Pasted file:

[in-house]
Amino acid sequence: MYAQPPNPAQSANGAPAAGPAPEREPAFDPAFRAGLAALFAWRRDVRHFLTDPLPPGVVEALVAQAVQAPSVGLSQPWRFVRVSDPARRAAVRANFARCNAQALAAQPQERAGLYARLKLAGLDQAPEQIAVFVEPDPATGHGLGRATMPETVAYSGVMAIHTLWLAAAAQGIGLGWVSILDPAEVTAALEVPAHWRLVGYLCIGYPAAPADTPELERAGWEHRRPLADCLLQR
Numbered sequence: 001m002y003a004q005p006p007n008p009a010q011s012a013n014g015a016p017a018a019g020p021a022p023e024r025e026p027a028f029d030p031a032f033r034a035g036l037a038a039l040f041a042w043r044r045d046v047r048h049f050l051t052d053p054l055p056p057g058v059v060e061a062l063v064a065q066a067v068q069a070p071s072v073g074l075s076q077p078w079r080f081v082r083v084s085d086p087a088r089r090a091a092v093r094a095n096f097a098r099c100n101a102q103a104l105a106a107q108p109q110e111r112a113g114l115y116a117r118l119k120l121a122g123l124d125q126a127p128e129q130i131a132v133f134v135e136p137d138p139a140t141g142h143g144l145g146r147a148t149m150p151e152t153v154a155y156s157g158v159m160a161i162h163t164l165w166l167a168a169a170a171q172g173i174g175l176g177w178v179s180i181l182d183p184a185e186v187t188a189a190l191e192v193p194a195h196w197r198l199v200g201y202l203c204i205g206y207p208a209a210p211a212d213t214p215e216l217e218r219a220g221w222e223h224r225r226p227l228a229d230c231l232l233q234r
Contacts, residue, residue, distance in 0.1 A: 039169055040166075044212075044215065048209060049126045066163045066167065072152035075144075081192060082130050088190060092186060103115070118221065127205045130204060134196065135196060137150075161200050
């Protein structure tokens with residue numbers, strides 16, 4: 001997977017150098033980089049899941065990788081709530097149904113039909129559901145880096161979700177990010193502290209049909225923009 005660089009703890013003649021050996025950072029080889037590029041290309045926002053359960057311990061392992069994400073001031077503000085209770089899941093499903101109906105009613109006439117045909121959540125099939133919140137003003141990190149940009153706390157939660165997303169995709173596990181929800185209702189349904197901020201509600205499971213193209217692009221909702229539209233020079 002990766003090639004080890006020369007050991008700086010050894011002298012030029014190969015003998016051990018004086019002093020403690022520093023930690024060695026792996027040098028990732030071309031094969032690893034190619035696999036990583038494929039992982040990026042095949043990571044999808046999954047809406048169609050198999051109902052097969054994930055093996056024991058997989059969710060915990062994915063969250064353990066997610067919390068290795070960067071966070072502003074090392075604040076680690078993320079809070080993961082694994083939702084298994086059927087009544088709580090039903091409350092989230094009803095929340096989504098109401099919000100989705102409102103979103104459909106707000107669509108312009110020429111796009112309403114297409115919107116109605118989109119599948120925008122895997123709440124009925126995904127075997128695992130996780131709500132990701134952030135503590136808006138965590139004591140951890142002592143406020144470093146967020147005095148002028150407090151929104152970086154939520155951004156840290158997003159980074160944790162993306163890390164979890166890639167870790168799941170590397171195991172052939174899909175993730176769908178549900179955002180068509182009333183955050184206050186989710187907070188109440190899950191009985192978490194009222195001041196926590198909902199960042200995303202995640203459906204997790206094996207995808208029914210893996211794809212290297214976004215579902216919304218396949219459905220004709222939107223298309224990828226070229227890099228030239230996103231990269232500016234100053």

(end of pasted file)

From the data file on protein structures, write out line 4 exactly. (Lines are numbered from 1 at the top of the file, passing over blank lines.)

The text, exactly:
Contacts, residue, residue, distance in 0.1 A: 039169055040166075044212075044215065048209060049126045066163045066167065072152035075144075081192060082130050088190060092186060103115070118221065127205045130204060134196065135196060137150075161200050